The future of journalism lies in the hands of its newest recruits claims former Guardian editor Alan Rusbridger

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THE RESPONSIBILITY to be accurate and present facts to the public lies in the hands of upcoming journalists, according to Alan Rusbridger.

After studying English at Cambridge University, the former Guardian editor went on to study journalism at Harlow College.

Alan Rusbridger pictured with NCTJ Journalism students at Harlow College

Alan returned to the college earlier this year (January 24) to discuss his experiences in the industry, his thoughts on Brexit, and the future of journalism.

During his visit, he agreed to join journalist and broadcaster John Stapleton as patron of Harlow School of Journalism.

With fake news on the rise, Alan told students: “You don’t want to go into journalism to write rubbish, you want to go into journalism to speak the truth.”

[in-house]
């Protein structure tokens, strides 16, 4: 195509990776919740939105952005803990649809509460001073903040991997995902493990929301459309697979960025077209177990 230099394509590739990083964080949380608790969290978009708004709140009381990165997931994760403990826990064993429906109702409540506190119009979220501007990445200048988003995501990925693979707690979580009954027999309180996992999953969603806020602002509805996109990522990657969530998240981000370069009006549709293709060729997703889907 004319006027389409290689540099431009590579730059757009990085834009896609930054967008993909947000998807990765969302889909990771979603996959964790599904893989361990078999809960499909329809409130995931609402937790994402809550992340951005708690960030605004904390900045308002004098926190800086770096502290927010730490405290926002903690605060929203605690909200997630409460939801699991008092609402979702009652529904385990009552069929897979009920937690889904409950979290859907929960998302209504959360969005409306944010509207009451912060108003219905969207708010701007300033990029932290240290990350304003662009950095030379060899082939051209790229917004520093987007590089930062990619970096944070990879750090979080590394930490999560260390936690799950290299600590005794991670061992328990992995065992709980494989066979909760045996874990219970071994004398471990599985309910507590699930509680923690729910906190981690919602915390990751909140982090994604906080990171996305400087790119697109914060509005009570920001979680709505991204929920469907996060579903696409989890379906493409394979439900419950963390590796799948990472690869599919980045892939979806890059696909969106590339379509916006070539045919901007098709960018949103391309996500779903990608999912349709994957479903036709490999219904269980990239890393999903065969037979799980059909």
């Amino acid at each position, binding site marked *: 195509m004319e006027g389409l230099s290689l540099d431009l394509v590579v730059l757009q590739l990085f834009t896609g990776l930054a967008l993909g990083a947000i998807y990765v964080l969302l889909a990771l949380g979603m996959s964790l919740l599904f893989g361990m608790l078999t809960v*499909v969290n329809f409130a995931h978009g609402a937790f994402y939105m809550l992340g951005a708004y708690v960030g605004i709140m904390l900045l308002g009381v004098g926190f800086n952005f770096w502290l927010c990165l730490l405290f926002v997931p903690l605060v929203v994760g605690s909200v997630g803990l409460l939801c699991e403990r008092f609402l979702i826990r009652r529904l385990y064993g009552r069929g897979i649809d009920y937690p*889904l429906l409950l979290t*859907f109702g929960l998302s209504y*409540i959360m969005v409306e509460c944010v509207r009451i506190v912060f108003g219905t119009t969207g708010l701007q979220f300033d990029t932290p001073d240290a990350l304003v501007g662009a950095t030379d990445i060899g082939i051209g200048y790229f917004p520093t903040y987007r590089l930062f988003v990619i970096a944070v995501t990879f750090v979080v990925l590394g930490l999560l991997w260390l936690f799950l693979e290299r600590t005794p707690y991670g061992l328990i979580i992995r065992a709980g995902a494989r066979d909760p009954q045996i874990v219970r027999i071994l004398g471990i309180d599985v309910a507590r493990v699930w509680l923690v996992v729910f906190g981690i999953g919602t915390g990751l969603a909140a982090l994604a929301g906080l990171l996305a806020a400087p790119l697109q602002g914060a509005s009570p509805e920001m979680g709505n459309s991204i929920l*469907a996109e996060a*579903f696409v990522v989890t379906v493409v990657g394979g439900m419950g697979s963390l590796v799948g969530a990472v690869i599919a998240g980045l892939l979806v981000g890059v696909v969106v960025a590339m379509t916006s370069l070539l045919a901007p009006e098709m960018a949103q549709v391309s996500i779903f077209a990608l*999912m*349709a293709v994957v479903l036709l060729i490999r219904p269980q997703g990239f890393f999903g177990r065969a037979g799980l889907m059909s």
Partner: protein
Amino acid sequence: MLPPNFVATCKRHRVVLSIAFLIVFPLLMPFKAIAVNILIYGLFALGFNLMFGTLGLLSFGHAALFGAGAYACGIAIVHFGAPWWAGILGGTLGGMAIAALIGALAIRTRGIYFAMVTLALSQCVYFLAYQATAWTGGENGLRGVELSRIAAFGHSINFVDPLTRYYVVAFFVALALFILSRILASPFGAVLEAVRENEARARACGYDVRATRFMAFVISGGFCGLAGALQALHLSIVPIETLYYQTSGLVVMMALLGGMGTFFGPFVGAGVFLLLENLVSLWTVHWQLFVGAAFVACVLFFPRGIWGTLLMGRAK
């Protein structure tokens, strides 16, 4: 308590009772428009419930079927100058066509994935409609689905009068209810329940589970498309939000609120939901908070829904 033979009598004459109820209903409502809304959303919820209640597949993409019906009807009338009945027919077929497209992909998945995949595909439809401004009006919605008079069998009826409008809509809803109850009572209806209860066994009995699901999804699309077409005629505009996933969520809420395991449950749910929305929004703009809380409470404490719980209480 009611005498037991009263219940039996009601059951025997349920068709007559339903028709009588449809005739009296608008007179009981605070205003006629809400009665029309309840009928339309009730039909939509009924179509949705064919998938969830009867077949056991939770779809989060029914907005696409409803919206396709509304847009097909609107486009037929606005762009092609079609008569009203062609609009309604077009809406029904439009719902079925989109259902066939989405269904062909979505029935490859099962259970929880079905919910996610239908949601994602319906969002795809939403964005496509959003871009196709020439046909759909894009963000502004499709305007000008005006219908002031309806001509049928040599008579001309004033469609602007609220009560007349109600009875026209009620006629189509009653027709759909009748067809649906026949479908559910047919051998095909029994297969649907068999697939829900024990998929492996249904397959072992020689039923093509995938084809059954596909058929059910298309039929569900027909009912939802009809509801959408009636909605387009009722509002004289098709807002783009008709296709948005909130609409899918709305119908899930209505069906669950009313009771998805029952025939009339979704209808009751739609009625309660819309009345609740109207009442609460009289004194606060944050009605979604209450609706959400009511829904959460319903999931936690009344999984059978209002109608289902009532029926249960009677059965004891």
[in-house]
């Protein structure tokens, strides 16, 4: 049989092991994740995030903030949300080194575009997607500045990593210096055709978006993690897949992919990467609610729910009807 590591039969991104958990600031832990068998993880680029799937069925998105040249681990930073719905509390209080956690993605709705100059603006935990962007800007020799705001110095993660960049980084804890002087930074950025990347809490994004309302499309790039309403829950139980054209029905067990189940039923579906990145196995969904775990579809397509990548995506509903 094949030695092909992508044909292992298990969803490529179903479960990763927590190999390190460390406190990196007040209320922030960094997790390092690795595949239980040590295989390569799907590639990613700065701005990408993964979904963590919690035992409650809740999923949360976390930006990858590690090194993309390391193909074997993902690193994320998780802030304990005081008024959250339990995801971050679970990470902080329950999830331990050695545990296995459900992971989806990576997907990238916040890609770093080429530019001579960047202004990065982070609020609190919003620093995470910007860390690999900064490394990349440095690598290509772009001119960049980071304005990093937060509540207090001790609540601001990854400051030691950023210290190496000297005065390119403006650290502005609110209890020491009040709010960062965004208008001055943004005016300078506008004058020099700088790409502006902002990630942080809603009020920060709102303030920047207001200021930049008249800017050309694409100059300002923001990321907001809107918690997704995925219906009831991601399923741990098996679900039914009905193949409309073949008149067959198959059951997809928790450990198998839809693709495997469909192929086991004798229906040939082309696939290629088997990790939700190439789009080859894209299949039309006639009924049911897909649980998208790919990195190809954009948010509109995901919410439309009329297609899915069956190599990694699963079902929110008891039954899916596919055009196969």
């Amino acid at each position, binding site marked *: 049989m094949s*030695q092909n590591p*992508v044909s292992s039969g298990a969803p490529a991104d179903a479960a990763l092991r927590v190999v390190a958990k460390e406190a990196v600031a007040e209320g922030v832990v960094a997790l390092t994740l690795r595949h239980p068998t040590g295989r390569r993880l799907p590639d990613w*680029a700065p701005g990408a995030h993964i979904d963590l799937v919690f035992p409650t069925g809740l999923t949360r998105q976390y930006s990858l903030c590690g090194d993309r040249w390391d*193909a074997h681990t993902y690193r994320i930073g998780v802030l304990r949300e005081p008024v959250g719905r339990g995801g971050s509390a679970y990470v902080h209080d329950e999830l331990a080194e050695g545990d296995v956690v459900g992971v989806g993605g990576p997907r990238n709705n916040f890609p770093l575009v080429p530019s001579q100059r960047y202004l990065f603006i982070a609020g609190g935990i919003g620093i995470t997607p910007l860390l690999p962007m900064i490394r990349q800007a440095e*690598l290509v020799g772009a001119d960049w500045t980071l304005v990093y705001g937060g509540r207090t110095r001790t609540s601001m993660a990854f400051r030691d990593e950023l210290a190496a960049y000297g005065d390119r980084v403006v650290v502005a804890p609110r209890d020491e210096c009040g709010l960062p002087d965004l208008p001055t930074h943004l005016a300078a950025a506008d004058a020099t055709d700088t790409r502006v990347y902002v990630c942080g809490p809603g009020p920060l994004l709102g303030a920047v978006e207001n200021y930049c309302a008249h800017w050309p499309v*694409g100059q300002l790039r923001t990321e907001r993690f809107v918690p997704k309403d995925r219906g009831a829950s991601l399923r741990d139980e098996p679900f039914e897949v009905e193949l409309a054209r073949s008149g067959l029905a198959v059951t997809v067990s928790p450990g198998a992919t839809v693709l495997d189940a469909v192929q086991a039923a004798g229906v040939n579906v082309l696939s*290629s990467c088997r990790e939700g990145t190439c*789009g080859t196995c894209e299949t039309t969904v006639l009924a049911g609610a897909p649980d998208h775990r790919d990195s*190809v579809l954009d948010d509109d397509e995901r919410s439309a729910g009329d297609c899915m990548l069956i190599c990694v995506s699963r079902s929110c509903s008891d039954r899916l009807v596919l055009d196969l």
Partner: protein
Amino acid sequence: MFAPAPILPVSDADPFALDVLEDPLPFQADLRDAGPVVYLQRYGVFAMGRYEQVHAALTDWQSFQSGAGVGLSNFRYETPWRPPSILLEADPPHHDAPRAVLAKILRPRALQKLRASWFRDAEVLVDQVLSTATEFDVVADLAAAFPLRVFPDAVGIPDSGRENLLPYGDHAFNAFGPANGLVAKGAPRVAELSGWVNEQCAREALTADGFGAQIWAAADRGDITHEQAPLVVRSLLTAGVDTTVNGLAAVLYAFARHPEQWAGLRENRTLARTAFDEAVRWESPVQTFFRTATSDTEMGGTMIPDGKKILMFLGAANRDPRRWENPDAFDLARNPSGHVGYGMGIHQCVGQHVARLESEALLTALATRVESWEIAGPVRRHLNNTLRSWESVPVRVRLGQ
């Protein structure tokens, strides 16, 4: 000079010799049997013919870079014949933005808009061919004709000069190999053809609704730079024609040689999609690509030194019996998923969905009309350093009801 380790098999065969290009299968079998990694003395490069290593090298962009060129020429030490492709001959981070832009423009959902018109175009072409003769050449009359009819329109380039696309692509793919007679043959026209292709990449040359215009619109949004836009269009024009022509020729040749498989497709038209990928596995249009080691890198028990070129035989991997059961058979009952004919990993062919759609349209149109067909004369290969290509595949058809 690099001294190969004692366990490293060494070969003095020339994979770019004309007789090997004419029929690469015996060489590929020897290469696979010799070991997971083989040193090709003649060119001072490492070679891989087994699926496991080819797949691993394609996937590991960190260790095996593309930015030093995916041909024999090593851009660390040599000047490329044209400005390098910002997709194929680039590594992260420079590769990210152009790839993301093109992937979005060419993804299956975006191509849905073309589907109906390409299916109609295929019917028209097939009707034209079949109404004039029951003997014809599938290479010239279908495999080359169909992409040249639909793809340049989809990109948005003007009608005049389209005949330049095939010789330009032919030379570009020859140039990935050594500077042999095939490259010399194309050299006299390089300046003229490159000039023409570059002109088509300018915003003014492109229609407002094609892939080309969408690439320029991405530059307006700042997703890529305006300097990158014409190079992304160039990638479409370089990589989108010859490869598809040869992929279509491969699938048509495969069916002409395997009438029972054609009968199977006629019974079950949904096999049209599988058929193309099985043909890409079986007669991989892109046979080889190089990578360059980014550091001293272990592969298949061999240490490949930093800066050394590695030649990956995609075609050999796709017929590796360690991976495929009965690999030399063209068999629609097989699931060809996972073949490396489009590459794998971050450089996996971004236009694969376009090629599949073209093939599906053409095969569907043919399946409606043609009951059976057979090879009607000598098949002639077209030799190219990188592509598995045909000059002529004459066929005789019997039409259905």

The former Harlow College student was passionate that pursuing journalism requires a level of public service, now more than ever, as future journalists have a duty to be accurate in their reports.

Alan Rusbridger talks to students at Harlow College

“Society needs facts,” said Alan. He highlighted a survey, which revealed that two thirds of adults couldn’t tell the difference between a good news source and a bad source.

After 20 years at The Guardian (1995 – 2015), Alan concluded his journalism career. Currently he is principal of Lady Margaret Hall at Oxford, chairman of Reuters Institute for the Study of Journalism and is on the board of the National Theatre.

Breaking News is his latest publication on the journalism industry and he has also written a screen played titled Fields of Gold.

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